There are extreme differences in the percentage of surface water versus ground water used in public water supplies. Mississippi has the highest percentage taken from groundwater. The state’s underground aquifers are relatively stable and provide a consistent source of water throughout the year. In contrast, a high percentage of Colorado‘s comes from surface water. Colorado is a much drier state than Mississippi, so water is scarce. The state has a complex system of regulations governing its use. In Colorado, water rights are granted based on who first put the water to beneficial use.

United States Geological Survey

States were categorized by percentage of surface water withdrawn:
14-28, 28-42, 42-56, 56-70, 70-84, 84-98

Salinity of Water Source

The vast majority of water in the United States is supplied from freshwater sources, such as lakes, rivers, and aquifers. However, there are a few states where a significant percentage of its water supply comes from the ocean. These states have costly desalination plants to supplement their freshwater sources. States on the Atlantic Coast, like Connecticut, Maryland, and New Hampshire actually get a more of their water supply from the salt water and brackish water. There are natural limitations on freshwater supplies in coastal areas, where population densities tend to be the highest.

United States Geological Survey

States were categorized by percentage of freshwater as source in public water supply:
18-31.66, 31.66-45.33, 45.33-59, 59-72.66, 72.66-86.33, 86.33-100

Fluoride in Water Supply

Health organizations recommend water fluoridation as a safe way to improve oral health and prevent tooth decay. While some states mandate that all public water be fluorinated, not all communities fluorinate their water. In Hawaii and Oregon, fluoridation is not mandated, while in New Jersey fluoridation is mandated, but exceptions are made for concerns over the safety or finances. Therefore, little of the public water in these states is fluorinated. However, there are laws in over 30 states that require the water to be mandated.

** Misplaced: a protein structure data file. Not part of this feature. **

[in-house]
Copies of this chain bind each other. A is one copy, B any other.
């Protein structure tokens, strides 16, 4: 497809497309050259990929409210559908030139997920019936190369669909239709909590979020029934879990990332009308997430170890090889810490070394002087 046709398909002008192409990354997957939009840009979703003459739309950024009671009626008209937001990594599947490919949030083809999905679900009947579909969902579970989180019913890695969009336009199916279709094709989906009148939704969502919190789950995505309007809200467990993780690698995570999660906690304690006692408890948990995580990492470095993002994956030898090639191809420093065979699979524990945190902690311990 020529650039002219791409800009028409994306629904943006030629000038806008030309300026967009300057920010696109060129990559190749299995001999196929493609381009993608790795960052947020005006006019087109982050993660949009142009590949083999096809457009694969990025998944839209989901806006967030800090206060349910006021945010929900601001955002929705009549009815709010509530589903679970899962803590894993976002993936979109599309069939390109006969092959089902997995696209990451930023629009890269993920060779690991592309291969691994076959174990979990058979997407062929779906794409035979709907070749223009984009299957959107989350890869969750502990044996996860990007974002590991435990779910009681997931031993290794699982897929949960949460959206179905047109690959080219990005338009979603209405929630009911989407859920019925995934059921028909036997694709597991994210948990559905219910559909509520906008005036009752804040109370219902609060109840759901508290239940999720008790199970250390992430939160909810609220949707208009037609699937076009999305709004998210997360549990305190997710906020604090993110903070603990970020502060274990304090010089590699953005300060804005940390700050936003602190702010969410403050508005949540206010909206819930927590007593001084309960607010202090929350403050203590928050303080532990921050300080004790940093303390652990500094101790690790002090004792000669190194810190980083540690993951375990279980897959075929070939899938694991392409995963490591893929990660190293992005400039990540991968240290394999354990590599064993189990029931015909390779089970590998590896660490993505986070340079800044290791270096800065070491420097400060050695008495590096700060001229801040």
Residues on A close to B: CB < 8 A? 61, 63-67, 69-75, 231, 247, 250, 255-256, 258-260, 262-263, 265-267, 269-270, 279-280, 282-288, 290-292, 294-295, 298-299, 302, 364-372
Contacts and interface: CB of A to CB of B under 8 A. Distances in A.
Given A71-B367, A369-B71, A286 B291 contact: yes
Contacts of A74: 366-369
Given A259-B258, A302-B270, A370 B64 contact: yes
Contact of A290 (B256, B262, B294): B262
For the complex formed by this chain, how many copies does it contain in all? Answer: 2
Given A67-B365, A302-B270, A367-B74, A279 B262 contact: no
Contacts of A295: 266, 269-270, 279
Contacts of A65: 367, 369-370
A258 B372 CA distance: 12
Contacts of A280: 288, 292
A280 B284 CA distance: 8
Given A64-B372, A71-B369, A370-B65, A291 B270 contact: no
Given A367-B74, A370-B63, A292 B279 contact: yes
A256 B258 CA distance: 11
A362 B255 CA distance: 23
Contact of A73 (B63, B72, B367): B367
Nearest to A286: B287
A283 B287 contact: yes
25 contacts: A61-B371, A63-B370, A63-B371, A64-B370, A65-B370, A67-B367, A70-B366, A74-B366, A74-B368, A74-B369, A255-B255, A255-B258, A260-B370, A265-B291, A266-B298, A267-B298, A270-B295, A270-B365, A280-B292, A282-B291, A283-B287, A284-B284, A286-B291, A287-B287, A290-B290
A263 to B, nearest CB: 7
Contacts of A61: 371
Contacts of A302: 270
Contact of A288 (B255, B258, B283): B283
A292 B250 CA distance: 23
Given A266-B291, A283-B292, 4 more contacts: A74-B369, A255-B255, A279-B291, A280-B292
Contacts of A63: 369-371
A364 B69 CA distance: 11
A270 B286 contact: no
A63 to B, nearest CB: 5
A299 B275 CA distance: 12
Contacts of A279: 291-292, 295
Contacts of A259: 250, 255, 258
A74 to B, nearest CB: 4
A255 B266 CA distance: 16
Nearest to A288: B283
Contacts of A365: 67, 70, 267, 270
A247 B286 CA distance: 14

Centers for Disease Control Prevention

States were categorized by percentage of public water that is fluorinated:
10-25, 25-40, 40-55, 55-70, 70-85, 85-100

Mineral Content in Water Supply

The hardness of water is determined by the concentration of dissolved minerals, such as calcium and magnesium, in the water. Hard water can reduce efficiency and lifespan of home appliances. Water hardness can vary within a state or even within a city, depending on the source of the water and the treatment processes it goes through. South Dakota and other states in the Great Plains region have the hardest water, since the region is rich in sedimentary rock that contain high levels of dissolved minerals. Therefore, water softeners are commonly used in these states. New Hampshire has especially soft water. Its bedrock is composed of granite and other igneous and metamorphic rocks, which do not contain as many dissolved minerals.

Water Quality Association

States were categorized into the following groups by hardness of water:
Soft Water
Slightly Hard Water
Moderately Hard Water
Hard Water
Very Hard Water
Extremely Hard Water